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The Best Songs of 2022

Sadly, the rules prohibit us from including Kate Bush. In her place, we’ve got viral hits, indie rock earworms, hyperpop explosions, and lyrical excursions. Did your favorite make the cut?

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What’s the best song of a year like 2022 when the most important one was released nearly 40 years ago?

There are reportedly at least 60,000 songs released to Spotify (The Ringer’s parent company) each day, which would put the conservative estimate of new songs on the platform this year at over 20 million. That’s a lot to sift through, and it makes it understandable why we gravitate toward event albums like Kendrick Lamar’s and Taylor Swift’s. It also makes it understandable why the song that dominated the zeitgeist more than any other in 2022 was Kate Bush’s “Running Up That Hill (A Deal With God),” first released in 1985 and most recently lionized in a massive TV show.

Following the release of Stranger Things Season 4 in late spring, “Running Up That Hill” peaked at no. 3 on the Billboard Hot 100. It never quite reached the same apex as Swift’s “Anti-Hero” or Harry Styles’s “As It Was” or the handful of other chart-toppers this year brought. But on the Spotify daily charts—potentially a more accurate reflection of consumers’ on-demand listening habits—the song dominated for weeks. It was a genuine sensation that people inside the industry and out couldn’t stop talking about.

There are myriad reasons why “Running Up That Hill” saw a resurgence, including—but not limited to—its timelessness and the Netflix effect. (A similar thing may be happening with goth-psychobilly heroes the Cramps thanks to the breakout hit series Wednesday.) The song’s success also highlights a growing shift in the industry—thanks to streaming, major labels are as concerned with back catalogs as they are minting new stars. But more than anything, the “Running Up That Hill” phenomenon is a sign that in an environment where it’s impossible for one person (or publication) to stay ahead of the avalanche of new releases, we default to what we already know. It’s the same impulse that helped Fleetwood Mac’s “Dreams” skateboard into the collective consciousness anew: Nothing cuts through the static noise like a beloved classic. Especially one as titanic as Kate Bush’s.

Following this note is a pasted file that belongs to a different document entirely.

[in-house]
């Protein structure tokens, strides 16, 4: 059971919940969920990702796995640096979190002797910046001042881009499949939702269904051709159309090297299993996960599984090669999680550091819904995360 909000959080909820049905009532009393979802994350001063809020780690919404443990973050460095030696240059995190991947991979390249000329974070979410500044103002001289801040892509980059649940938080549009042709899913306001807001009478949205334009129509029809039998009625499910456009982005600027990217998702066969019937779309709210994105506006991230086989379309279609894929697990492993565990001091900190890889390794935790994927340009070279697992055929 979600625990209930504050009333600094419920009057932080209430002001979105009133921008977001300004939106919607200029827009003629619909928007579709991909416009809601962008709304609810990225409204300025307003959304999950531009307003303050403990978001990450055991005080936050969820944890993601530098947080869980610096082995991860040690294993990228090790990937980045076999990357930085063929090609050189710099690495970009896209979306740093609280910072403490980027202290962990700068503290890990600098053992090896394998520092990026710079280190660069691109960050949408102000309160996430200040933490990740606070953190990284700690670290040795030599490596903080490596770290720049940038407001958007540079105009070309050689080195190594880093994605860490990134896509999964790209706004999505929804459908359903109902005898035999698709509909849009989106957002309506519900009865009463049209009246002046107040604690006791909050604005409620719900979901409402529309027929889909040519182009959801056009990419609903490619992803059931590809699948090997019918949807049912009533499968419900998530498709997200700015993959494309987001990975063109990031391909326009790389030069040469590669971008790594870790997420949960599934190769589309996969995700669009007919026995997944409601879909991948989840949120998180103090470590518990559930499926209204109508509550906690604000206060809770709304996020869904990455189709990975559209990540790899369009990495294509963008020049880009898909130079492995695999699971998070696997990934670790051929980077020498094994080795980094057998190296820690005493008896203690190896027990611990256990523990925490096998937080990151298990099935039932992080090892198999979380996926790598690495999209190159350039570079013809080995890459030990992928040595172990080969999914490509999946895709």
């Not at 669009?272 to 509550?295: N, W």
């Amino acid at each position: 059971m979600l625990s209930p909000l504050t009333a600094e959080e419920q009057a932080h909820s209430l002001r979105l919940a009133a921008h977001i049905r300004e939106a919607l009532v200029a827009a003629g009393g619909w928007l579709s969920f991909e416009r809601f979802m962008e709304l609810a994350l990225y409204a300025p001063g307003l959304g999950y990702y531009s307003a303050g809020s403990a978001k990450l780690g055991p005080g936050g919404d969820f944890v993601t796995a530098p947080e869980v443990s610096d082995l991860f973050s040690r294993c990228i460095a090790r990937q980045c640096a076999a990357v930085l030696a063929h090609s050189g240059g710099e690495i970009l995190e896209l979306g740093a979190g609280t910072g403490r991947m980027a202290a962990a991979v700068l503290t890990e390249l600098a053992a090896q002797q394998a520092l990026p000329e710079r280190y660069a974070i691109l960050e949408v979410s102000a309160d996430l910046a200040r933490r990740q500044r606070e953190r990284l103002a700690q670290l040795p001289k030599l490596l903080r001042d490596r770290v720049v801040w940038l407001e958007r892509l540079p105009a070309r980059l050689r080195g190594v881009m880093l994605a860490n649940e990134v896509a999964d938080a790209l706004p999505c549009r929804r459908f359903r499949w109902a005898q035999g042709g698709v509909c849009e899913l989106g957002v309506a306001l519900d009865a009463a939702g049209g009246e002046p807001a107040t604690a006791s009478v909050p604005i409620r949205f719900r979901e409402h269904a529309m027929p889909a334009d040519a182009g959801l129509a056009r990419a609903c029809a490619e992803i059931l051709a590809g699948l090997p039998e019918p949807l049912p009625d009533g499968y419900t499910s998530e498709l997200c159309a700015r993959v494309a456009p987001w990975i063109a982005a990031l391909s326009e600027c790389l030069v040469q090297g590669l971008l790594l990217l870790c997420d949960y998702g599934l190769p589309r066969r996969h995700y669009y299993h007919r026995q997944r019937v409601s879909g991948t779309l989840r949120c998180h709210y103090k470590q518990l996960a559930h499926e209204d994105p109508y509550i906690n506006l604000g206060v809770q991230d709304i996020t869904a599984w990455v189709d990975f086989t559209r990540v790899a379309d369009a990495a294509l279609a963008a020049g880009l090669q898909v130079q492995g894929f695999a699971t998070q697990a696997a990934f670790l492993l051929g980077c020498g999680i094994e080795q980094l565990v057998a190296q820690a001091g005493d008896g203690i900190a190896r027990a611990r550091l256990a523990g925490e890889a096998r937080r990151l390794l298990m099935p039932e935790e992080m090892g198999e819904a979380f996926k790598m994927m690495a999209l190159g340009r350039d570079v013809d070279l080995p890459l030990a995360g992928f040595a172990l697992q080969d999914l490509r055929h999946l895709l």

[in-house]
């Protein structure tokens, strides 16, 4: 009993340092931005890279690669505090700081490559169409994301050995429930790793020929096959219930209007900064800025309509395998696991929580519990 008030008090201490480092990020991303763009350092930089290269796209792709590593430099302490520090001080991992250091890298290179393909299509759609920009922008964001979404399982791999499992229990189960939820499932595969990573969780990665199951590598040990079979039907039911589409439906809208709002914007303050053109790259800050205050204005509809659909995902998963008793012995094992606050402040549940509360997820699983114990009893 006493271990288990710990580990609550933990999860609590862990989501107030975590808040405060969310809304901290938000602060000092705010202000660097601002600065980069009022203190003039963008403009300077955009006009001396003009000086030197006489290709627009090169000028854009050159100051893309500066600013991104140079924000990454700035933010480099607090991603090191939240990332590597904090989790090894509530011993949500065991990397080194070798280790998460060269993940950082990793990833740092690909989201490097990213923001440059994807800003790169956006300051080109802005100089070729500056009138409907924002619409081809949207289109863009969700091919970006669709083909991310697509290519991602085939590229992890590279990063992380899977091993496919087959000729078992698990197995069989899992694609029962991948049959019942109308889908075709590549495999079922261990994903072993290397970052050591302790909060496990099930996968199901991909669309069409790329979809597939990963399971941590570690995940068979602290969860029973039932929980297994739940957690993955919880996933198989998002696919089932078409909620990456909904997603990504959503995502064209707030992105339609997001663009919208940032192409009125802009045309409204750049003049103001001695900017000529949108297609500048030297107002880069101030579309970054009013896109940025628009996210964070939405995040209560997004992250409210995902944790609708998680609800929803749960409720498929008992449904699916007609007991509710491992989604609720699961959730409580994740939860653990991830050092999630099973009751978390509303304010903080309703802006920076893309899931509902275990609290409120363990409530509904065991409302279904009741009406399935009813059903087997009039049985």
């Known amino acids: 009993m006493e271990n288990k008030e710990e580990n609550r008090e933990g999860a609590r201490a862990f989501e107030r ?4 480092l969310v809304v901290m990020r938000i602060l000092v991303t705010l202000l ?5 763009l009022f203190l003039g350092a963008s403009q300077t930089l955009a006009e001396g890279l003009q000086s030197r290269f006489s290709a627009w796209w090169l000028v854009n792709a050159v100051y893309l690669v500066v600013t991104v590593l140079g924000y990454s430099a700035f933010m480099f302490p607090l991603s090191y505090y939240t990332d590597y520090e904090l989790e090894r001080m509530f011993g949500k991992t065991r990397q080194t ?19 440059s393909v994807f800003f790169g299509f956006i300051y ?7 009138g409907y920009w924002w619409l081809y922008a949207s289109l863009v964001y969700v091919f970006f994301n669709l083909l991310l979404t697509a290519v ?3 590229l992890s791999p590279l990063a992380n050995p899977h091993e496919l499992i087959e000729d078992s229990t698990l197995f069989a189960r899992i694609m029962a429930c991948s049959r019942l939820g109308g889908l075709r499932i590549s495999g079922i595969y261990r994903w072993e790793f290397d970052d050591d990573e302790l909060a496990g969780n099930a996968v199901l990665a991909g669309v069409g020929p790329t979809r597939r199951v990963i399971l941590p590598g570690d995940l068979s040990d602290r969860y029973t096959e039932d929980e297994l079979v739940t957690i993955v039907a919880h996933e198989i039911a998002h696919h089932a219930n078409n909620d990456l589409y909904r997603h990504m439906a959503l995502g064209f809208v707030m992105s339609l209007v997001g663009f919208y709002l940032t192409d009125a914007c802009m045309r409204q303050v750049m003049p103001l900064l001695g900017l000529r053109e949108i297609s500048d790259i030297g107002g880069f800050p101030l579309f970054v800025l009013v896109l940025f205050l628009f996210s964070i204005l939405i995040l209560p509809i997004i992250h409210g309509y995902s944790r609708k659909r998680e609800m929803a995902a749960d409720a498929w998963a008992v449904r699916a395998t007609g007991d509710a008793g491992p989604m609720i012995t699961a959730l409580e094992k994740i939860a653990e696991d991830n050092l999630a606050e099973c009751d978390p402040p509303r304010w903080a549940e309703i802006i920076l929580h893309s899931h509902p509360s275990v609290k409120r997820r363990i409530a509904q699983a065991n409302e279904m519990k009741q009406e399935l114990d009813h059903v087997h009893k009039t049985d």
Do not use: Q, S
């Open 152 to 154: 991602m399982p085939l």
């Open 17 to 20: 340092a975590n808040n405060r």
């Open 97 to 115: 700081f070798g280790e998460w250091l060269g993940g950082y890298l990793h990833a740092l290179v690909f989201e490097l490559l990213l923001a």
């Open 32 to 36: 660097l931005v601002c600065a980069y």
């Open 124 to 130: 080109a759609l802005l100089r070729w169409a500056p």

All of which means 2022 is a difficult year to explain through a list like this one. Does a song like Kendrick Lamar’s “Mother I Sober”—potentially the most important song of his career, but the least-streamed from his new album—define the year? Or what about Harry Styles’s a-ha cosplay? Do you default and give it to Taylor, who did things no one has ever done before? Do any of those stand out in a way like Kate Bush’s biggest song did?